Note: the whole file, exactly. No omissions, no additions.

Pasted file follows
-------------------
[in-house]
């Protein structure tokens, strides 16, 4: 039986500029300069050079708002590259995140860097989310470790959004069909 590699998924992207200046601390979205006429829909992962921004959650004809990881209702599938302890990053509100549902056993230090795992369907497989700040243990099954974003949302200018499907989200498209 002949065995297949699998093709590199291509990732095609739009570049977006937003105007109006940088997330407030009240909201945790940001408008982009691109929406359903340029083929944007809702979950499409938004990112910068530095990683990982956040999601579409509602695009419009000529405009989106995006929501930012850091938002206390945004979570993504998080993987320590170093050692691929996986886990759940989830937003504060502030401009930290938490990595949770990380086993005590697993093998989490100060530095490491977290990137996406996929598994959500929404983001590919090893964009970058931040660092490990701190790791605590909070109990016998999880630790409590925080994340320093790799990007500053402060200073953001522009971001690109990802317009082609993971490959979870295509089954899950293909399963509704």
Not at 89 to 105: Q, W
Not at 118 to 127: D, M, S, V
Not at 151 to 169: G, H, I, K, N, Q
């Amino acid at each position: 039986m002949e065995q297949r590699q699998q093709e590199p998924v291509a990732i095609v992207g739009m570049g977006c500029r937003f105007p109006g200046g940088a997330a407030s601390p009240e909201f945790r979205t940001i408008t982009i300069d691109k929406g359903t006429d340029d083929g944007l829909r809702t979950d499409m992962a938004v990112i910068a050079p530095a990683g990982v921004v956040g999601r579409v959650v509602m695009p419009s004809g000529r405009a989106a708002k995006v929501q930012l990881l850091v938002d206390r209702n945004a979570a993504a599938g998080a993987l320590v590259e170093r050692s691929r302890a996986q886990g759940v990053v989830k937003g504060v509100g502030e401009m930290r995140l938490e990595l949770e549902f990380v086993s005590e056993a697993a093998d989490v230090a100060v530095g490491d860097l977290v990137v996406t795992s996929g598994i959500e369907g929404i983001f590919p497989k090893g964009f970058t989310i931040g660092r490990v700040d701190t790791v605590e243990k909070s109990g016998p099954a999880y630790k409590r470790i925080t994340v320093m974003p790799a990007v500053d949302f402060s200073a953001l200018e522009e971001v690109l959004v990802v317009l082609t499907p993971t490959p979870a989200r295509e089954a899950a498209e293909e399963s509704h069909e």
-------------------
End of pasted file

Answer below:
[in-house]
């Protein structure tokens, strides 16, 4: 039986500029300069050079708002590259995140860097989310470790959004069909 590699998924992207200046601390979205006429829909992962921004959650004809990881209702599938302890990053509100549902056993230090795992369907497989700040243990099954974003949302200018499907989200498209 002949065995297949699998093709590199291509990732095609739009570049977006937003105007109006940088997330407030009240909201945790940001408008982009691109929406359903340029083929944007809702979950499409938004990112910068530095990683990982956040999601579409509602695009419009000529405009989106995006929501930012850091938002206390945004979570993504998080993987320590170093050692691929996986886990759940989830937003504060502030401009930290938490990595949770990380086993005590697993093998989490100060530095490491977290990137996406996929598994959500929404983001590919090893964009970058931040660092490990701190790791605590909070109990016998999880630790409590925080994340320093790799990007500053402060200073953001522009971001690109990802317009082609993971490959979870295509089954899950293909399963509704």
Not at 89 to 105: Q, W
Not at 118 to 127: D, M, S, V
Not at 151 to 169: G, H, I, K, N, Q
């Amino acid at each position: 039986m002949e065995q297949r590699q699998q093709e590199p998924v291509a990732i095609v992207g739009m570049g977006c500029r937003f105007p109006g200046g940088a997330a407030s601390p009240e909201f945790r979205t940001i408008t982009i300069d691109k929406g359903t006429d340029d083929g944007l829909r809702t979950d499409m992962a938004v990112i910068a050079p530095a990683g990982v921004v956040g999601r579409v959650v509602m695009p419009s004809g000529r405009a989106a708002k995006v929501q930012l990881l850091v938002d206390r209702n945004a979570a993504a599938g998080a993987l320590v590259e170093r050692s691929r302890a996986q886990g759940v990053v989830k937003g504060v509100g502030e401009m930290r995140l938490e990595l949770e549902f990380v086993s005590e056993a697993a093998d989490v230090a100060v530095g490491d860097l977290v990137v996406t795992s996929g598994i959500e369907g929404i983001f590919p497989k090893g964009f970058t989310i931040g660092r490990v700040d701190t790791v605590e243990k909070s109990g016998p099954a999880y630790k409590r470790i925080t994340v320093m974003p790799a990007v500053d949302f402060s200073a953001l200018e522009e971001v690109l959004v990802v317009l082609t499907p993971t490959p979870a989200r295509e089954a899950a498209e293909e399963s509704h069909e």